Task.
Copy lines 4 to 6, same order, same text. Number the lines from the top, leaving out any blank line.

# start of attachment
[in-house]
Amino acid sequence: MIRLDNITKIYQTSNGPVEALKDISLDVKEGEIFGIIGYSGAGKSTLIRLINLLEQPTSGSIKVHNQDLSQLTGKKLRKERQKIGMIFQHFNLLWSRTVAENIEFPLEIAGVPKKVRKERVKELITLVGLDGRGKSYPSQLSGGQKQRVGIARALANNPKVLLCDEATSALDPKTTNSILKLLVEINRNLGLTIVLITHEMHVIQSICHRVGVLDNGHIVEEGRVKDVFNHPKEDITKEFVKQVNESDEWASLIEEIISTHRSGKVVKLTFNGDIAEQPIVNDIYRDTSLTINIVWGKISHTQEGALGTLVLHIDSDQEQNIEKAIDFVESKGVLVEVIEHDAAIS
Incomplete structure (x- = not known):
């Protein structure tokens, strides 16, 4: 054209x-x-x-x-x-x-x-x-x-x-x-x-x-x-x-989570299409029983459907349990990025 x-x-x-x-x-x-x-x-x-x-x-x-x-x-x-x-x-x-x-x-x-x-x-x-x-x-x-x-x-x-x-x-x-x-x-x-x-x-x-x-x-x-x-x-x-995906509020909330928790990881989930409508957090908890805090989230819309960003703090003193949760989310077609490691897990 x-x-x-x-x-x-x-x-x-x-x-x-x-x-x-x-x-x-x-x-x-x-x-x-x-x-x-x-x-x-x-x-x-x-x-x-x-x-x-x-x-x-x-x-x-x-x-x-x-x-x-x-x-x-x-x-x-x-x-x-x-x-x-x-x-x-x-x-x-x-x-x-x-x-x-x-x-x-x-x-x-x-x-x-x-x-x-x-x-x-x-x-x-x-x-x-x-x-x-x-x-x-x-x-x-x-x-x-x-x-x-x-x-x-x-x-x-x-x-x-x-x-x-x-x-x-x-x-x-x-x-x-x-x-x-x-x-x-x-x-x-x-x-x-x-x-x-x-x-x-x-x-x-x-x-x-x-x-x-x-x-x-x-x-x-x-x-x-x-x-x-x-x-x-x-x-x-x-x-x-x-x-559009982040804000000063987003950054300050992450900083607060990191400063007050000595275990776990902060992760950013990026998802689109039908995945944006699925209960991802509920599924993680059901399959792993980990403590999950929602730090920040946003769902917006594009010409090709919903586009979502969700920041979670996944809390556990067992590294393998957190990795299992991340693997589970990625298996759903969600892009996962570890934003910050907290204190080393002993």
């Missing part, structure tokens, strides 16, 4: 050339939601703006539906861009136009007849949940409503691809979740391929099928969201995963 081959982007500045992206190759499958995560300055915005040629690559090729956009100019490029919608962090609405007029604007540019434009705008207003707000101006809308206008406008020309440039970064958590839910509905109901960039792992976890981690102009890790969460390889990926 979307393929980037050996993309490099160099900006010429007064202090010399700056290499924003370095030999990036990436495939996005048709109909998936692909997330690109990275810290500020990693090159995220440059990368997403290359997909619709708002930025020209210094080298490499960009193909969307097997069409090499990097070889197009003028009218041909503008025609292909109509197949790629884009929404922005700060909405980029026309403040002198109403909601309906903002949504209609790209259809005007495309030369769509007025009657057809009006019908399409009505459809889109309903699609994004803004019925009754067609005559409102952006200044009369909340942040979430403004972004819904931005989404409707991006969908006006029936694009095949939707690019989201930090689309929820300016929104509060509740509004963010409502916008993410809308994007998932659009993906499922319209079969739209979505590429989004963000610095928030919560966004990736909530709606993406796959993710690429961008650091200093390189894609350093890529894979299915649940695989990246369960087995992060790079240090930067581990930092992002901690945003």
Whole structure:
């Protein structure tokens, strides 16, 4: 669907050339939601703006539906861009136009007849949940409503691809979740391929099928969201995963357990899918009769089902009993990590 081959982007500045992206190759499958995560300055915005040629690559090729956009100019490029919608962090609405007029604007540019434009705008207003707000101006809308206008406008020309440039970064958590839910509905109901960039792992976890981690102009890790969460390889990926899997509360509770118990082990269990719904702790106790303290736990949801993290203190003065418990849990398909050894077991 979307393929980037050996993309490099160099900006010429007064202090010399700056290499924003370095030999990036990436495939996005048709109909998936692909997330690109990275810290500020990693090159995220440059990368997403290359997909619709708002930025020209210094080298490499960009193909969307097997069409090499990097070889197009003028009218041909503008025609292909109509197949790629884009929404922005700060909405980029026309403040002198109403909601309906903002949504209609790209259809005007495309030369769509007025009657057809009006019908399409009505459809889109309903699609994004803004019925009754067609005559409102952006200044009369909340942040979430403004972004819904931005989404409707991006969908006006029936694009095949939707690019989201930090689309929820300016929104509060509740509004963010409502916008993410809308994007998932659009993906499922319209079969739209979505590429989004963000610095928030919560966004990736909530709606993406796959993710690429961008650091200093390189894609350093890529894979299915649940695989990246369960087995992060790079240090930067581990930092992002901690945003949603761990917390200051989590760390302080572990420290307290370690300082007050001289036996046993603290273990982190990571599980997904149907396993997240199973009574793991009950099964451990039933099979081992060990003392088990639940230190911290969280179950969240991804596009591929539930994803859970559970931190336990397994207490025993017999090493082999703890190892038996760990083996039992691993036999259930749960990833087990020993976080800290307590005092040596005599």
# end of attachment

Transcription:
């Protein structure tokens, strides 16, 4: 054209x-x-x-x-x-x-x-x-x-x-x-x-x-x-x-989570299409029983459907349990990025 x-x-x-x-x-x-x-x-x-x-x-x-x-x-x-x-x-x-x-x-x-x-x-x-x-x-x-x-x-x-x-x-x-x-x-x-x-x-x-x-x-x-x-x-x-995906509020909330928790990881989930409508957090908890805090989230819309960003703090003193949760989310077609490691897990 x-x-x-x-x-x-x-x-x-x-x-x-x-x-x-x-x-x-x-x-x-x-x-x-x-x-x-x-x-x-x-x-x-x-x-x-x-x-x-x-x-x-x-x-x-x-x-x-x-x-x-x-x-x-x-x-x-x-x-x-x-x-x-x-x-x-x-x-x-x-x-x-x-x-x-x-x-x-x-x-x-x-x-x-x-x-x-x-x-x-x-x-x-x-x-x-x-x-x-x-x-x-x-x-x-x-x-x-x-x-x-x-x-x-x-x-x-x-x-x-x-x-x-x-x-x-x-x-x-x-x-x-x-x-x-x-x-x-x-x-x-x-x-x-x-x-x-x-x-x-x-x-x-x-x-x-x-x-x-x-x-x-x-x-x-x-x-x-x-x-x-x-x-x-x-x-x-x-x-x-x-x-559009982040804000000063987003950054300050992450900083607060990191400063007050000595275990776990902060992760950013990026998802689109039908995945944006699925209960991802509920599924993680059901399959792993980990403590999950929602730090920040946003769902917006594009010409090709919903586009979502969700920041979670996944809390556990067992590294393998957190990795299992991340693997589970990625298996759903969600892009996962570890934003910050907290204190080393002993």
């Missing part, structure tokens, strides 16, 4: 050339939601703006539906861009136009007849949940409503691809979740391929099928969201995963 081959982007500045992206190759499958995560300055915005040629690559090729956009100019490029919608962090609405007029604007540019434009705008207003707000101006809308206008406008020309440039970064958590839910509905109901960039792992976890981690102009890790969460390889990926 979307393929980037050996993309490099160099900006010429007064202090010399700056290499924003370095030999990036990436495939996005048709109909998936692909997330690109990275810290500020990693090159995220440059990368997403290359997909619709708002930025020209210094080298490499960009193909969307097997069409090499990097070889197009003028009218041909503008025609292909109509197949790629884009929404922005700060909405980029026309403040002198109403909601309906903002949504209609790209259809005007495309030369769509007025009657057809009006019908399409009505459809889109309903699609994004803004019925009754067609005559409102952006200044009369909340942040979430403004972004819904931005989404409707991006969908006006029936694009095949939707690019989201930090689309929820300016929104509060509740509004963010409502916008993410809308994007998932659009993906499922319209079969739209979505590429989004963000610095928030919560966004990736909530709606993406796959993710690429961008650091200093390189894609350093890529894979299915649940695989990246369960087995992060790079240090930067581990930092992002901690945003």
Whole structure: